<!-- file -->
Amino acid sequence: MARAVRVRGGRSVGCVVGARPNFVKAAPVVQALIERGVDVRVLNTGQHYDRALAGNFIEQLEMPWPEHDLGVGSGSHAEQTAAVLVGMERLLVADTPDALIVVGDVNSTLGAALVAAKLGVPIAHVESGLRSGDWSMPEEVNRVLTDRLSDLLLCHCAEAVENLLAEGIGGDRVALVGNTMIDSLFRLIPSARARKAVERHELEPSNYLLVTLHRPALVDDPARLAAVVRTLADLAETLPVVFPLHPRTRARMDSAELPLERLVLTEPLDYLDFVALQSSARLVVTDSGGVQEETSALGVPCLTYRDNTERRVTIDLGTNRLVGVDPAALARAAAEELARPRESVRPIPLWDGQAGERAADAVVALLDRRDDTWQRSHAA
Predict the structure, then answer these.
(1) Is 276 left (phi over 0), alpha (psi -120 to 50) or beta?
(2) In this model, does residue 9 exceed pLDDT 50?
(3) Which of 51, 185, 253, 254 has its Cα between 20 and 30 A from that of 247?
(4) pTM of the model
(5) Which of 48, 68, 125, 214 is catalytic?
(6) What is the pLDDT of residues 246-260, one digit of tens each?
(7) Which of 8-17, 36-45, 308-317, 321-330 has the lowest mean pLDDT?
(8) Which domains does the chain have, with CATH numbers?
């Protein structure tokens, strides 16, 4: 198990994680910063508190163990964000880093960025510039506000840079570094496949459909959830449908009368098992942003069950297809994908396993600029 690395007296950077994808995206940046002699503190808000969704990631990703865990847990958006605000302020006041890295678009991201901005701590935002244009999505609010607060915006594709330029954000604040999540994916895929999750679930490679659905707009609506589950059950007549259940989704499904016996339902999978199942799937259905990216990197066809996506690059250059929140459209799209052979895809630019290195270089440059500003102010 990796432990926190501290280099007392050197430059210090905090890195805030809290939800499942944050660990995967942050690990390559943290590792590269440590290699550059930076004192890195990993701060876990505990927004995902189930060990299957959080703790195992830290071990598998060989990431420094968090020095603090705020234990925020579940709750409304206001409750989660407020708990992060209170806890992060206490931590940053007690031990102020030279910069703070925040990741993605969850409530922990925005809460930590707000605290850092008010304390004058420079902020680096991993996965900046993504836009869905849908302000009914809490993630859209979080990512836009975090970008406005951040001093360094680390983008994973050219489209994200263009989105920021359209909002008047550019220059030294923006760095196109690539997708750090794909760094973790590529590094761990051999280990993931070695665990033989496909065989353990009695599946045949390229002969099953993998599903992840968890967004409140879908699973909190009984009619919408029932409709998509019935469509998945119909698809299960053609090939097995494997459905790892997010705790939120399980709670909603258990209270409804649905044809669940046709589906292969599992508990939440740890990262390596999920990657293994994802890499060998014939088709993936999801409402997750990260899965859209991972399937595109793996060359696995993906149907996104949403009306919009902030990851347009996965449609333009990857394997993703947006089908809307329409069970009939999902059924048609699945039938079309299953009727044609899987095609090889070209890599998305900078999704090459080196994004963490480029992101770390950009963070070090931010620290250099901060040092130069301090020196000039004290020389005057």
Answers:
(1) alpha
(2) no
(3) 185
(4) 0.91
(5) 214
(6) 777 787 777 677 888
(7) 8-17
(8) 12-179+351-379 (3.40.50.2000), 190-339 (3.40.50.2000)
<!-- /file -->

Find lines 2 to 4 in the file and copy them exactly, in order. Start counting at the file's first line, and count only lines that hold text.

Predict the structure, then answer these.
(1) Is 276 left (phi over 0), alpha (psi -120 to 50) or beta?
(2) In this model, does residue 9 exceed pLDDT 50?